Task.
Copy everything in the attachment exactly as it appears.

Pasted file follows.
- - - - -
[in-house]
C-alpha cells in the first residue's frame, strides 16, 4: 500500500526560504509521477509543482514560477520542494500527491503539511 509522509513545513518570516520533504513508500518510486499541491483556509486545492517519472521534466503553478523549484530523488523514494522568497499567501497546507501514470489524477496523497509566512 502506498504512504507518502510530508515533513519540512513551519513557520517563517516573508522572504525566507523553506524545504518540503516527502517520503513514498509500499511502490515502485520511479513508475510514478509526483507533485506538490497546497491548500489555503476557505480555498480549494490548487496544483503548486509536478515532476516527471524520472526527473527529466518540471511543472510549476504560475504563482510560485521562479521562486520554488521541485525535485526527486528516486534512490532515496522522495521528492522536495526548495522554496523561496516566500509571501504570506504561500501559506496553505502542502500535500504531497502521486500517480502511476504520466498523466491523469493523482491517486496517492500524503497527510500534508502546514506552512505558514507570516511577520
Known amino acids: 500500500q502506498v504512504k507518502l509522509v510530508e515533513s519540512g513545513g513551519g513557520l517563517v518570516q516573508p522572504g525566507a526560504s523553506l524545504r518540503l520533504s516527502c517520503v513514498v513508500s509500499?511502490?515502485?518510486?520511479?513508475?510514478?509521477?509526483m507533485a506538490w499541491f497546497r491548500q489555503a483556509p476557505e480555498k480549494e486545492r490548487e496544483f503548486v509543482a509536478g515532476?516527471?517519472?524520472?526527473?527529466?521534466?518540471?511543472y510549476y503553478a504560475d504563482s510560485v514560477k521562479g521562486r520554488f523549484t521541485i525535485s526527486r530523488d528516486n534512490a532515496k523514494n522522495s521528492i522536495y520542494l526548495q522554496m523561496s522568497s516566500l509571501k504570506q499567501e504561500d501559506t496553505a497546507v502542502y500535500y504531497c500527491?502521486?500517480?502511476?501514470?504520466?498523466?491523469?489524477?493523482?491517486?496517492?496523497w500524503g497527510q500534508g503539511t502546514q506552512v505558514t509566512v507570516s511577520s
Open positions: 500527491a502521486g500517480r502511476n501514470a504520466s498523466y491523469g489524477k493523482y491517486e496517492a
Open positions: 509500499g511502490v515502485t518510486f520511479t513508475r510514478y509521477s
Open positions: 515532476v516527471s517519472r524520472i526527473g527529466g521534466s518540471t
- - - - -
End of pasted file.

[in-house]
C-alpha cells in the first residue's frame, strides 16, 4: 500500500526560504509521477509543482514560477520542494500527491503539511 509522509513545513518570516520533504513508500518510486499541491483556509486545492517519472521534466503553478523549484530523488523514494522568497499567501497546507501514470489524477496523497509566512 502506498504512504507518502510530508515533513519540512513551519513557520517563517516573508522572504525566507523553506524545504518540503516527502517520503513514498509500499511502490515502485520511479513508475510514478509526483507533485506538490497546497491548500489555503476557505480555498480549494490548487496544483503548486509536478515532476516527471524520472526527473527529466518540471511543472510549476504560475504563482510560485521562479521562486520554488521541485525535485526527486528516486534512490532515496522522495521528492522536495526548495522554496523561496516566500509571501504570506504561500501559506496553505502542502500535500504531497502521486500517480502511476504520466498523466491523469493523482491517486496517492500524503497527510500534508502546514506552512505558514507570516511577520
Known amino acids: 500500500q502506498v504512504k507518502l509522509v510530508e515533513s519540512g513545513g513551519g513557520l517563517v518570516q516573508p522572504g525566507a526560504s523553506l524545504r518540503l520533504s516527502c517520503v513514498v513508500s509500499?511502490?515502485?518510486?520511479?513508475?510514478?509521477?509526483m507533485a506538490w499541491f497546497r491548500q489555503a483556509p476557505e480555498k480549494e486545492r490548487e496544483f503548486v509543482a509536478g515532476?516527471?517519472?524520472?526527473?527529466?521534466?518540471?511543472y510549476y503553478a504560475d504563482s510560485v514560477k521562479g521562486r520554488f523549484t521541485i525535485s526527486r530523488d528516486n534512490a532515496k523514494n522522495s521528492i522536495y520542494l526548495q522554496m523561496s522568497s516566500l509571501k504570506q499567501e504561500d501559506t496553505a497546507v502542502y500535500y504531497c500527491?502521486?500517480?502511476?501514470?504520466?498523466?491523469?489524477?493523482?491517486?496517492?496523497w500524503g497527510q500534508g503539511t502546514q506552512v505558514t509566512v507570516s511577520s
Open positions: 500527491a502521486g500517480r502511476n501514470a504520466s498523466y491523469g489524477k493523482y491517486e496517492a
Open positions: 509500499g511502490v515502485t518510486f520511479t513508475r510514478y509521477s
Open positions: 515532476v516527471s517519472r524520472i526527473g527529466g521534466s518540471t